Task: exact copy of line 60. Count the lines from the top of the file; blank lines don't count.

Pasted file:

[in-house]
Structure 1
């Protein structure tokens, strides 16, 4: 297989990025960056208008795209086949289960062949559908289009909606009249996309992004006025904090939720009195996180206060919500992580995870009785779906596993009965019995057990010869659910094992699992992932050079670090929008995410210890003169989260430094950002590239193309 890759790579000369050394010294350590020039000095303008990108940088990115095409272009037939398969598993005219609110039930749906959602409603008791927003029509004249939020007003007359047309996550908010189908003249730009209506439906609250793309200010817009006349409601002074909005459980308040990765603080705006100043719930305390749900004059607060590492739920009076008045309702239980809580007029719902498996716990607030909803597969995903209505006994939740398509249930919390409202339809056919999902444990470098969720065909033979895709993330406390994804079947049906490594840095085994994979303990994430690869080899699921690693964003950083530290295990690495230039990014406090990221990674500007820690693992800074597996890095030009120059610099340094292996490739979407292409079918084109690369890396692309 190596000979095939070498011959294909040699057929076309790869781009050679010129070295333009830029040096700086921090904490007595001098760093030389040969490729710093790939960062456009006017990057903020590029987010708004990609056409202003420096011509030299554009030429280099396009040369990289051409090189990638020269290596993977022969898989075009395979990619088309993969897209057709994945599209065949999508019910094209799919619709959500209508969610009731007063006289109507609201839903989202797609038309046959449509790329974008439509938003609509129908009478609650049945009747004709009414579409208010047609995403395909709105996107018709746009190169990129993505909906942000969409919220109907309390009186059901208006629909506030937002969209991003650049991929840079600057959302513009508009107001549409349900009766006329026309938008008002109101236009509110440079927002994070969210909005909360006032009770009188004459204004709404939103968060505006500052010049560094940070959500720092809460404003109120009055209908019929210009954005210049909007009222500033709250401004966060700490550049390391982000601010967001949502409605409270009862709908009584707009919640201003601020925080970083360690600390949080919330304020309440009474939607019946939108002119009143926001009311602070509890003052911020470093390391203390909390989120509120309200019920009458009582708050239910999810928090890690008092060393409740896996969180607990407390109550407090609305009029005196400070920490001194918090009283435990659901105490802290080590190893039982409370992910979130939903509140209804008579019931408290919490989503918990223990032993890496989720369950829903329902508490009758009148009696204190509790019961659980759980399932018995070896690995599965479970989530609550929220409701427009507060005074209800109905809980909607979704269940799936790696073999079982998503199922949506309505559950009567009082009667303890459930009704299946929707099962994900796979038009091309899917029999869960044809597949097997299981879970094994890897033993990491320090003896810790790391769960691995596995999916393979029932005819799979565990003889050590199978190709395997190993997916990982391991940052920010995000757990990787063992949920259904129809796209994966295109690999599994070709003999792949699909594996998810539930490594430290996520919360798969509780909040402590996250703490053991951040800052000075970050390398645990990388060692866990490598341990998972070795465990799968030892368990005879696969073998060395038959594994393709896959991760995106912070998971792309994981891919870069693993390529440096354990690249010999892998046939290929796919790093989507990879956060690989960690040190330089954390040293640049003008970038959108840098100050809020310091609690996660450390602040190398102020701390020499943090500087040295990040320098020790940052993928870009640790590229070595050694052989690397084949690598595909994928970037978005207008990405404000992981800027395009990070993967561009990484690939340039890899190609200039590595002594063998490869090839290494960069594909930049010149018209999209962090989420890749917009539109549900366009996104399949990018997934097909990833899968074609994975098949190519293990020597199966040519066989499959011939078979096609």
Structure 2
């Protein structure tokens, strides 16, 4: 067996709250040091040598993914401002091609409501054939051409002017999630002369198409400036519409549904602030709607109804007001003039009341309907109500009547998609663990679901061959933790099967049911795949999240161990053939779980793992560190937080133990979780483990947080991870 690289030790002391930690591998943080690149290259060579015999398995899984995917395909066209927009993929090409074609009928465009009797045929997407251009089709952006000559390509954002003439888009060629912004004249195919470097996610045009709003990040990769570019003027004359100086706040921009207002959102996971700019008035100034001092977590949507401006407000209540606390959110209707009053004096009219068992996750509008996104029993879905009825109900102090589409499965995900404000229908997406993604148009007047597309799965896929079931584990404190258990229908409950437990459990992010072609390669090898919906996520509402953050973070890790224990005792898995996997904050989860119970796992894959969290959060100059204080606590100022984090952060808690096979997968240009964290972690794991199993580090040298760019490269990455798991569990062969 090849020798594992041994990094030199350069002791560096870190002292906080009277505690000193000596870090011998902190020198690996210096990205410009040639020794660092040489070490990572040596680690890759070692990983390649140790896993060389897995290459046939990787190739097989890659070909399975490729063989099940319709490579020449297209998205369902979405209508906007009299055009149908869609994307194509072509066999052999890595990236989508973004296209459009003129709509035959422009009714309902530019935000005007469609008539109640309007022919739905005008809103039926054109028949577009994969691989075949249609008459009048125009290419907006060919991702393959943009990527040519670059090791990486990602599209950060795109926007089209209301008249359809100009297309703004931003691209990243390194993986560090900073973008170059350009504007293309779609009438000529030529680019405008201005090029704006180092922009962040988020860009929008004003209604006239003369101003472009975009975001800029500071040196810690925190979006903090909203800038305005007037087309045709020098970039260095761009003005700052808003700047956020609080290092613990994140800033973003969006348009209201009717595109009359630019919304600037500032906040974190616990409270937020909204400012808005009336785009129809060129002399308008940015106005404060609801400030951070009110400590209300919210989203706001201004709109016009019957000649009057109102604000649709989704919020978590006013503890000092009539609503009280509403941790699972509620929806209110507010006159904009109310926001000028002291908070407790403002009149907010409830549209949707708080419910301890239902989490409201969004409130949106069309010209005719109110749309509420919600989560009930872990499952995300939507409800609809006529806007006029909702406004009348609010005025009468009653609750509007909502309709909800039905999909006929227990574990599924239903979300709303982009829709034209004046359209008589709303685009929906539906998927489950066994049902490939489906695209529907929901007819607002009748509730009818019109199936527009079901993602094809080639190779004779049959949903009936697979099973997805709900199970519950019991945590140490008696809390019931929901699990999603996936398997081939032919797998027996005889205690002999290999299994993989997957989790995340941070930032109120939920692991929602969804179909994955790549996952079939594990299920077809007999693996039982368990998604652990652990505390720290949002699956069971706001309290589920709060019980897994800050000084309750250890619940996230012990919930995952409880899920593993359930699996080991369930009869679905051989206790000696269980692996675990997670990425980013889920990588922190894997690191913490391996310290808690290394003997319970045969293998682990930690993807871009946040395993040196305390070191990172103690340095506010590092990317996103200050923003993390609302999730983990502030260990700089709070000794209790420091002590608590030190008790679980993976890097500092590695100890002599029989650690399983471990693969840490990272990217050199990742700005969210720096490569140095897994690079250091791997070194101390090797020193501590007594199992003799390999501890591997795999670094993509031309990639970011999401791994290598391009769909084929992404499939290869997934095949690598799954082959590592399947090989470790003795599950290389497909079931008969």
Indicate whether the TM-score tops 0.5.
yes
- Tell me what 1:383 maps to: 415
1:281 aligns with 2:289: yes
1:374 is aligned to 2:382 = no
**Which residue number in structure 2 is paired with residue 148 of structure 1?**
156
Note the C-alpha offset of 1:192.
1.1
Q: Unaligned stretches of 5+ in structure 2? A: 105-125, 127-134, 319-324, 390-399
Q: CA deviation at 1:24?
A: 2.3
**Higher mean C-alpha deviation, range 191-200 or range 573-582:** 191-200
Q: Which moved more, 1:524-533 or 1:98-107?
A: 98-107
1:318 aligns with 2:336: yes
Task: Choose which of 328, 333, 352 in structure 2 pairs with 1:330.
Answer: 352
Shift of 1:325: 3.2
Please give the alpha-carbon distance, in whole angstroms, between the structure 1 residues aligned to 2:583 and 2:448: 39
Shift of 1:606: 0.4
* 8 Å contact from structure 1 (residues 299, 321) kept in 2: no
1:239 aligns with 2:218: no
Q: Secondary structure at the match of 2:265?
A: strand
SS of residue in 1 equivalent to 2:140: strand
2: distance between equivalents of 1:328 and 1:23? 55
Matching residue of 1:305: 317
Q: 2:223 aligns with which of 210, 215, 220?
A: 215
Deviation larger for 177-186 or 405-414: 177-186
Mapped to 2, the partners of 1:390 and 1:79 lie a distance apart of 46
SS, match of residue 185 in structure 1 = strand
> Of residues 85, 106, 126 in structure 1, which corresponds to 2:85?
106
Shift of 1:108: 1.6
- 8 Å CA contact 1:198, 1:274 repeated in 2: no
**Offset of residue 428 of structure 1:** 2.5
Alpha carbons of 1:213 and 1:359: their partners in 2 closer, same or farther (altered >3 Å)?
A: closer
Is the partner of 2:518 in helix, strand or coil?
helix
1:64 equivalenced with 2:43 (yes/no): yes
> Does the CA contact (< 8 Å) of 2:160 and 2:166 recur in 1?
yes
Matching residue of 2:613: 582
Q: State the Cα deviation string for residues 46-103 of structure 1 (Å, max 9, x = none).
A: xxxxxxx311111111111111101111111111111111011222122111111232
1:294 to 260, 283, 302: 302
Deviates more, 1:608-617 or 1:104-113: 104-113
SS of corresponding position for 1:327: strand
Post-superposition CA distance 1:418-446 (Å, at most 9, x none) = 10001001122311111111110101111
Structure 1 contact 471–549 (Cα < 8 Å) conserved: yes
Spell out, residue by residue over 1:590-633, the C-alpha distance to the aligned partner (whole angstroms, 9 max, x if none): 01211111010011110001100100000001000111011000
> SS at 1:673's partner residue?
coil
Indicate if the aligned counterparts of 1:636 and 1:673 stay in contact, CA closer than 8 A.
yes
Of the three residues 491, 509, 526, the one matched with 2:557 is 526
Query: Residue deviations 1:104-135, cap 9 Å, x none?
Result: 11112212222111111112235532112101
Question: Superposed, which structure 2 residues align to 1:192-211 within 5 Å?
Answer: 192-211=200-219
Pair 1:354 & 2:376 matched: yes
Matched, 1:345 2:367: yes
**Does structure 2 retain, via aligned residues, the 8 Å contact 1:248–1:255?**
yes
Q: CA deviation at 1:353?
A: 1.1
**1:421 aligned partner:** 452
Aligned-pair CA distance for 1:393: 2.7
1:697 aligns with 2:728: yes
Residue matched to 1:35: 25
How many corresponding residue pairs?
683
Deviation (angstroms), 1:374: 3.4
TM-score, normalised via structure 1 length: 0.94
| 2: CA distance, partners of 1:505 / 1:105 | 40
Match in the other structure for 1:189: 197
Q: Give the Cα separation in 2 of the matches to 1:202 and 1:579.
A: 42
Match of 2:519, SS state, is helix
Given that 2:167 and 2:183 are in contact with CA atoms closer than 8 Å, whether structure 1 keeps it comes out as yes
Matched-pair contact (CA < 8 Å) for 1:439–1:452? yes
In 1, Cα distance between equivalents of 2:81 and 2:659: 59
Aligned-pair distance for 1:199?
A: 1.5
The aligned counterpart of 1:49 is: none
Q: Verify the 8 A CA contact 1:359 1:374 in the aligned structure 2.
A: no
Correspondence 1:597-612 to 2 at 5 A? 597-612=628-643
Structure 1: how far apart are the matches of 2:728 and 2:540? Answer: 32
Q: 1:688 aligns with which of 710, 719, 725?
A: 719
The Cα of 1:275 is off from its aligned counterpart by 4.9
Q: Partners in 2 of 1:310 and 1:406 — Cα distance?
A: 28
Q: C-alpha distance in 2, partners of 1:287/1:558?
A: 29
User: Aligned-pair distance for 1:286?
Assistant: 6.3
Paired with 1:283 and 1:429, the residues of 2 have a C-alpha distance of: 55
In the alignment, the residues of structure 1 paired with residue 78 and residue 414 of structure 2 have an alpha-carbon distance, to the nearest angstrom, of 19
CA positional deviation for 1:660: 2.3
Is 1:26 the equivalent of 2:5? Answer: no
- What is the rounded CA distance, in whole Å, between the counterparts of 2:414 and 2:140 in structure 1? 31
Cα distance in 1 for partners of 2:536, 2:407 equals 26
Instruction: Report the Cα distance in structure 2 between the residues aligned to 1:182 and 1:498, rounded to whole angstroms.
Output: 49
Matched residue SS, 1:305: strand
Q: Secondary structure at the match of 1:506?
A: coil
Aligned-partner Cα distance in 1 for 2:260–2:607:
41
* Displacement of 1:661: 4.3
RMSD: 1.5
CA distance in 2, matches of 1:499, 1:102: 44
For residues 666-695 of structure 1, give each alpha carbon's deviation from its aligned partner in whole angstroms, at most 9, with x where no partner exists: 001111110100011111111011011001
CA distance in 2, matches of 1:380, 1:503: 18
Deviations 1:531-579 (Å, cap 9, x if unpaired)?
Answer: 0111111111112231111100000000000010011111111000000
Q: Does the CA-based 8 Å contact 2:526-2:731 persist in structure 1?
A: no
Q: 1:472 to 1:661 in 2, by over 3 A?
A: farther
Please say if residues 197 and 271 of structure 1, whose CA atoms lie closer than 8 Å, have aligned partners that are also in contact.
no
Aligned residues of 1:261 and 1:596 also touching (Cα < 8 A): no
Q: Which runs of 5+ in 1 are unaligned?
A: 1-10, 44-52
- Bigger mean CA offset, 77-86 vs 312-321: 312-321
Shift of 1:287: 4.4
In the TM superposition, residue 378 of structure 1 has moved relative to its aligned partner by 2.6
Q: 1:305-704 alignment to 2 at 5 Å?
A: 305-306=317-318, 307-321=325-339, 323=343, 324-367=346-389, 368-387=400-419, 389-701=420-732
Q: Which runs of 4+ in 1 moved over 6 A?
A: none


> SS at 1:673's partner residue?